The Zacks Analyst Blog Highlights: Moody’s, Bank of America, Citigroup, Wells Fargo & Company and JPMorgan Chase

Sep 23, 2011, 09:30 ET from Zacks Investment Research, Inc.

CHICAGO, Sept. 23, 2011 /PRNewswire/ -- announces the list of stocks featured in the Analyst Blog. Every day the Zacks Equity Research analysts discuss the latest news and events impacting stocks and the financial markets. Stocks recently featured in the blog include: Moody's Corp. (NYSE: MCO), Bank of America Corporation (NYSE: BAC), Citigroup Inc. (NYSE: C), Wells Fargo & Company (NYSE: WFC) and JPMorgan Chase (NYSE: JPM).


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Here are highlights from Thursday's Analyst Blog:

Moody's Downgrades 3 Mega-Banks

On Wednesday, Moody's Investors Service, a credit rating arm of Moody's Corp. (NYSE: MCO) downgraded its credit ratings on Bank of America Corporation (NYSE: BAC), Citigroup Inc. (NYSE: C) and Wells Fargo & Company (NYSE: WFC). The rating cut followed the agency's belief that the federal government will not save them whenever they are in dire straits.

The credit agency downgraded the long-term senior debt ratings of BofA to Baa1 from A2 and short-term debt to Prime-2 from Prime-1. The agency affirmed its negative outlook. Further, Citigroup's short-term debt was reduced to Prime 2 from Prime 1, and long-term rating of A3 was maintained with a negative outlook.

For Wells Fargo's, the rating on deposits was downgraded to Aa3 from Aa2. Also, the rating agency moved the long-term senior debt ratings to A2 from A1, affirming a negative outlook.

The U.S. banks that were sheltered by government bailout during the height of financial crisis, took more credit risk afterward, according to a University of Michigan study released last week. About 700 financial institutions received approximately $205 billion in bailout money as part of their participation in the Troubled Assets Relief Program (TARP) initiated by the government in 2008. Citigroup, BofA, Wells Fargo and JPMorgan Chase (NYSE: JPM) were among the banks that received the largest bailouts from the government.

According to the study, after gaining ground with the bailout money, these banks aggravated their investments in risky securities than the less privileged banks that were deprived of government aid.

These repeated risks will ultimately result in further threats to the system. This has happened just because they did not pay for their previous mistakes. Moreover, risky assets have aggravated chances of collapse these days with the bailed out banks acting smart.

Therefore, Moody's concludes that the federal government will allow the financially troubled banks to collapse, though might provide some support to systemically important financial institutions.

Further, Moody's decision of downgrading BofA's credit rating is based on the factors that are external to the company and do not reflect fading of its intrinsic credit quality. We believe that the negative outlook for the banks would lower investors' confidence in their respective stocks. Moreover, debt ratings downgrade would lead to higher borrowing costs for the banks.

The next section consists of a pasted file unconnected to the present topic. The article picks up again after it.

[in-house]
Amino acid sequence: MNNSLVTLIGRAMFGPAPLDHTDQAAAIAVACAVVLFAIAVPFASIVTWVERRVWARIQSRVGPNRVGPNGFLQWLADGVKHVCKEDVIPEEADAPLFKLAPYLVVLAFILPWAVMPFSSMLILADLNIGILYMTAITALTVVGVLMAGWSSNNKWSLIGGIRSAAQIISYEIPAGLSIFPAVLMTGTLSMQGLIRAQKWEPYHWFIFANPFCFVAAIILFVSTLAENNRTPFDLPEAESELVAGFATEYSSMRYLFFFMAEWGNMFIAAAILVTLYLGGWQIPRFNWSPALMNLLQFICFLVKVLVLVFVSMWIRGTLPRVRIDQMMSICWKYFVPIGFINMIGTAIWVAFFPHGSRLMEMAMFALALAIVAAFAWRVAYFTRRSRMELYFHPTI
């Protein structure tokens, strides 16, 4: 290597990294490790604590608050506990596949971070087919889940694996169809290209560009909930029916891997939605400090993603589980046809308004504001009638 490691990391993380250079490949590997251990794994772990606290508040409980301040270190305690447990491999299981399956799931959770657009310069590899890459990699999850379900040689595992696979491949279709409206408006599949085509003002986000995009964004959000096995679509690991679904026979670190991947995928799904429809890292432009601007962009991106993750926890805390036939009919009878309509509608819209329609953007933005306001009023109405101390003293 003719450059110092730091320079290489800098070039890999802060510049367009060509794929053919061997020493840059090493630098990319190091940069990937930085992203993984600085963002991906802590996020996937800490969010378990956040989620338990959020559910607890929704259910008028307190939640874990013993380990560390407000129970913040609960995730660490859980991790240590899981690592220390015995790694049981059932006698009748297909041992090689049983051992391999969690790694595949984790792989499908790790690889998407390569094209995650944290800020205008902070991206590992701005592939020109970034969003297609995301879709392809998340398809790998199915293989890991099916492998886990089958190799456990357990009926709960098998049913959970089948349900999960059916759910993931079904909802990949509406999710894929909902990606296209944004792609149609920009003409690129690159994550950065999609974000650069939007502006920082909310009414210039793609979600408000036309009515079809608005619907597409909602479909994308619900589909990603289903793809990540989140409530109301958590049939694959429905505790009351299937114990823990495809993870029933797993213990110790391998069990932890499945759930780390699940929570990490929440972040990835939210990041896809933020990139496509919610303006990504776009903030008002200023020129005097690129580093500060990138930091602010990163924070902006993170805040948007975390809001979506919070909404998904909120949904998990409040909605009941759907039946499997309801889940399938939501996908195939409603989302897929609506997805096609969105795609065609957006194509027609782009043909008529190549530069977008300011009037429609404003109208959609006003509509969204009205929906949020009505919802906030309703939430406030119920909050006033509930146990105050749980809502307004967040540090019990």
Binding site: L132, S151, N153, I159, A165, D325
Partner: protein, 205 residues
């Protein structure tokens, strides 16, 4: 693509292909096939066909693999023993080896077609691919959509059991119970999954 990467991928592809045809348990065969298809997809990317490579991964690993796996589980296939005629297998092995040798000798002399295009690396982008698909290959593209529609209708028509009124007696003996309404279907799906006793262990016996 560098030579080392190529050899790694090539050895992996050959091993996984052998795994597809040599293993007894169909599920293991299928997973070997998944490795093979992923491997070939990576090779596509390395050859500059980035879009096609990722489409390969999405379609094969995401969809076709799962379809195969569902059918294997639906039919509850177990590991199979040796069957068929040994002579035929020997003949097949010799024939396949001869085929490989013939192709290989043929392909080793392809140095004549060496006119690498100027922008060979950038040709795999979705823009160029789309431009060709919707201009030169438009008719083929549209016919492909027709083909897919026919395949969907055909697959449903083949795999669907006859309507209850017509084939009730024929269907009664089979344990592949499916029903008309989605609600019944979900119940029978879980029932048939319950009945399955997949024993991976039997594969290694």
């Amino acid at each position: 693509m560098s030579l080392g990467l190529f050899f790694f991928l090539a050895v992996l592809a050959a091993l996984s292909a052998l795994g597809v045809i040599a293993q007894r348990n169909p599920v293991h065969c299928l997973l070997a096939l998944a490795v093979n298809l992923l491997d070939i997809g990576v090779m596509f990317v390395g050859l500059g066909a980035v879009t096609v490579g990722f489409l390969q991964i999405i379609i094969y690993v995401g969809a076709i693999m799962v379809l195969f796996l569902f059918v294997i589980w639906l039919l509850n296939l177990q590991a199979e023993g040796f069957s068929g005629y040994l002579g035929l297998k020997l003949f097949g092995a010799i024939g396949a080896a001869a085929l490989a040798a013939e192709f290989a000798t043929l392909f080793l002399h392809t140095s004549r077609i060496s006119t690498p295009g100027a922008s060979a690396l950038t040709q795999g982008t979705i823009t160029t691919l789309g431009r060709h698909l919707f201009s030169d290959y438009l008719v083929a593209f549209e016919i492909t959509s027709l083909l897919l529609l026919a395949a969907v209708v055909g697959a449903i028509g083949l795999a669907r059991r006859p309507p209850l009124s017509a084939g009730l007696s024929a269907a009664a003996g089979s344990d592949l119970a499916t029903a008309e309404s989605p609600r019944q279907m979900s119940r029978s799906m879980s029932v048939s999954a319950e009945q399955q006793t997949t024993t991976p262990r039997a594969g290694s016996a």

Meanwhile, The Federal Deposit Insurance Corp. (FDIC) entails the nation's largest banks to outline ways to liquidate by breaking up and selling off assets if these are on the verge of collapsing. The resolution plans or so-called 'living wills' are required in a bid to reduce risks of further bailouts, if these banks sink in the event of another financial crisis.

Last week, the FDIC board voted in favor of living wills, which were mandated under the Dodd-Frank Act passed by Congress last year to revive the country's financial system.

Actually, a systemic resolution would make it easy for the regulator to address bank failures efficiently, maximizing the sale value of a failed bank while minimizing their creditor losses. Moreover, the FDIC will carry the power to liquidate a bank if its collapse shakes the country's financial stability.

Systemically important banks with at least $50 billion in assets will be required to file these wills to the FDIC, the Federal Reserve and the Financial Stability Oversight Council, effective January 1, 2012.

In June, the Federal Reserve needed 35 systemically important U.S. banks to submit their capital plans annually to prove their financial ability to confront another recession. The Federal Reserve also holds the right to ban capital deployment activities of unsuccessful banks. This is part of Federal Reserve's effort to closely monitor capital ratios of banks and identify systemic risk in advance in order to avoid recurrence of the latest federal bailout program.

After learning a lesson from the latest recession, Americans will never wish to go back to those dreadful days only to earn higher capital rewards from their banks. Hopefully, living wills and disciplined reruns of stress tests will prevent big banks from experimenting with risky activities that can jeopardize general economic health. Most importantly, these advance precautions could ultimately translate to less involvement of taxpayers' money for bailing out troubled financial institutions.

Currently, Wells Fargo retains a Zacks #3 Rank, which translates into a short-term Hold rating, BofA retains a Zacks #4 Rank, which translates into a short-term Sell rating, while Citi retains a Zacks #5 Rank, which implies a short-term Strong Sell rating.

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